OKLAHOMA CITY - The artist behind the popular local exhibit "Oklahoma is Black" was in town Thursday night to talk about the impact of her work. 

Tatyana Fazlalizadeh had the attention of a full house in the atrium of her passion project, as she answered questions posed by the director of Stanford University's Institute for Diversity in the Arts, A-lan Holt.

“This regular everyday black person here in Oklahoma, in the middle of the country, this is who an American is,” Fazlalizadeh explained to me ahead of the event.

As a Northeast Oklahoma City native now living in New York, Fazlalizadeh wanted to capture the stories of her friends, family and neighbors, who are not often reflected in art.

“It’s doing something that I think we should all be doing every day,” the artist said, “uplifting the lives and the voices of everyday folks and what we go through and what we experience.”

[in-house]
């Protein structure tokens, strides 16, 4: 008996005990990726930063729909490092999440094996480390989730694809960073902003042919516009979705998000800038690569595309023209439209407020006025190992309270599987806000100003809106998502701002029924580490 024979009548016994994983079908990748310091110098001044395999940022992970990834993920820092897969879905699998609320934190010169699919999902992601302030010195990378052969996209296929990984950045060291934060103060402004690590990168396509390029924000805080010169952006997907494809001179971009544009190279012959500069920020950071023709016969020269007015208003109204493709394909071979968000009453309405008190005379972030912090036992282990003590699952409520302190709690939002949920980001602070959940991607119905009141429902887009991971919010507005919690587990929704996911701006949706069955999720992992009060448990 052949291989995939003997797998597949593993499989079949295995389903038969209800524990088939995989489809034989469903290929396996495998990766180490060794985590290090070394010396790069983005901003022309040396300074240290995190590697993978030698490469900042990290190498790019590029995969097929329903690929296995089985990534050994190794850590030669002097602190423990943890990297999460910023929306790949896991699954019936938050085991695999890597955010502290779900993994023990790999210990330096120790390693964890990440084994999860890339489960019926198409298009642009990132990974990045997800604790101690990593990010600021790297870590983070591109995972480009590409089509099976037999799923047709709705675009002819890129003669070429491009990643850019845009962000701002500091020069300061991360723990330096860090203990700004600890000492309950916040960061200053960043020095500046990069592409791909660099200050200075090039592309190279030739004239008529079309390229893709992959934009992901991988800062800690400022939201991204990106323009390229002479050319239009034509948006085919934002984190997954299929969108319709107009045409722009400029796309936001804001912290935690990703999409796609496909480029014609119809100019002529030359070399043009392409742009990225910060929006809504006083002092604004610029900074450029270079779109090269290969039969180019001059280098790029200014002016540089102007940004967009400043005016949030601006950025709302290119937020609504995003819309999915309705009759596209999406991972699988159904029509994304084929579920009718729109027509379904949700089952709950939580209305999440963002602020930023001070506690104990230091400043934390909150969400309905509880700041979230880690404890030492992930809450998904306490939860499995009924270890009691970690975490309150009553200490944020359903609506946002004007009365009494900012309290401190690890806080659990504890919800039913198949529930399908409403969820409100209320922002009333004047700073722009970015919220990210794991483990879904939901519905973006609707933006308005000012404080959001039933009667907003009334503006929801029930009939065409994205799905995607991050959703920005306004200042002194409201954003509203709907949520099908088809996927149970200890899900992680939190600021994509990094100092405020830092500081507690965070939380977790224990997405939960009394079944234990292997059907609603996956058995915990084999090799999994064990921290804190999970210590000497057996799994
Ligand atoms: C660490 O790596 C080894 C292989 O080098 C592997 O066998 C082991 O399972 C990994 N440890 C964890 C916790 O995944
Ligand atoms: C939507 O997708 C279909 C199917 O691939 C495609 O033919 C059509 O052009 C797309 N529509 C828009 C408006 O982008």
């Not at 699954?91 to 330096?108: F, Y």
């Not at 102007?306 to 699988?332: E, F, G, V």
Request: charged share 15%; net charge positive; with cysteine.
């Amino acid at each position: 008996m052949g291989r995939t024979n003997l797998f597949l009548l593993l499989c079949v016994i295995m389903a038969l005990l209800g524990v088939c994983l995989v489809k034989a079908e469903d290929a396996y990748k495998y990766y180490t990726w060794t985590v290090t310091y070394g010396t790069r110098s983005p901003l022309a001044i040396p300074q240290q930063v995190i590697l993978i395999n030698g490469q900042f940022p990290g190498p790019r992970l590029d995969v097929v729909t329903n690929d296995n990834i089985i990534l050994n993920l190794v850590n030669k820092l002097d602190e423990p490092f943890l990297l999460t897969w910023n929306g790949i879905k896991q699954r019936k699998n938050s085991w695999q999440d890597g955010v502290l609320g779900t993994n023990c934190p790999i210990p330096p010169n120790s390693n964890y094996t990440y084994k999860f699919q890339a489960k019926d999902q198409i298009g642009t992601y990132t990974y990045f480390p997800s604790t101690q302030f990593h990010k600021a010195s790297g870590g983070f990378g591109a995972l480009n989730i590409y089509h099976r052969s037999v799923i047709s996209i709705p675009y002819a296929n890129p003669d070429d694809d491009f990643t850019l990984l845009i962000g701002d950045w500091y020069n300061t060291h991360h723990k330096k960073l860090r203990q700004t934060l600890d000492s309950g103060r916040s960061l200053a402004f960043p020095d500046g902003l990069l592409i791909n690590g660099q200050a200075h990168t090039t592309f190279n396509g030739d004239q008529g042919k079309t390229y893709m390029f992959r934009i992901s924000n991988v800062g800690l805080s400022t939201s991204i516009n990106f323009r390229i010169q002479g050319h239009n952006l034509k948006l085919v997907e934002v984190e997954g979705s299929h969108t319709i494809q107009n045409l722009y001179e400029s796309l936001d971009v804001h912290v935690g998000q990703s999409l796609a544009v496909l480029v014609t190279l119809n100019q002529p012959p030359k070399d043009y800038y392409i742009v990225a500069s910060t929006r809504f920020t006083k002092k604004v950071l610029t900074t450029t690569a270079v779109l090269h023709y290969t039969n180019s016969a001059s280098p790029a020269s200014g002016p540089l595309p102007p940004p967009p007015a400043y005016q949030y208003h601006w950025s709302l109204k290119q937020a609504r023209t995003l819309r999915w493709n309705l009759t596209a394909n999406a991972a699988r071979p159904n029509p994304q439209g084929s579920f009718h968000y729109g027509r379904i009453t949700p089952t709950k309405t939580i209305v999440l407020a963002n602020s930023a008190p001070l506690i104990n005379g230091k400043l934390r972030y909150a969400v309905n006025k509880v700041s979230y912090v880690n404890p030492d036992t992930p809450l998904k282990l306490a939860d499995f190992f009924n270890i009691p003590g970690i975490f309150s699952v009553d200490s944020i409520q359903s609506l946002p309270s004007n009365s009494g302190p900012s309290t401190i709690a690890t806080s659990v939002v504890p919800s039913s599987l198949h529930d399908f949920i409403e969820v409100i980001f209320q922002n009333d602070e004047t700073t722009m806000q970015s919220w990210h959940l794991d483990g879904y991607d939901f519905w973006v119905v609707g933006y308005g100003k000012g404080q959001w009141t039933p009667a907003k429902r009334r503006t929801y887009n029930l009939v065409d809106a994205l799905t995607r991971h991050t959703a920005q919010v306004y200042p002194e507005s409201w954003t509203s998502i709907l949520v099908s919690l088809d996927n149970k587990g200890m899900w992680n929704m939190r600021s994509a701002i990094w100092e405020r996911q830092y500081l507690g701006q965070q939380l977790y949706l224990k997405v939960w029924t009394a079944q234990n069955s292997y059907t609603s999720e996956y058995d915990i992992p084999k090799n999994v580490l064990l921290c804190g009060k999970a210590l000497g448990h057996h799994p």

Holt added, “I think not only does it do this beautiful celebratory and uplifting and centering work, but it also really pushes us to have the conversations we aren’t having.”

The Thursday conversation was one of many interactive events at the Oklahoma Contemporary Arts exhibit, enlightening a diverse crowd on the challenges and triumphs of life as a black Oklahoman. Visitors can hear and read the subjects' stories themselves through the interviews Fazlalizadeh conducted before putting brush to canvas.

Her goal now is to expand the exhibit for a national audience to see, the importance of which Holt says cannot be denied.

“I think your work just brings us in,” Holt told Fazlalizadeh. “It’s a beautiful invitation.”

You can see the exhibit at the State Fairgrounds through May 26.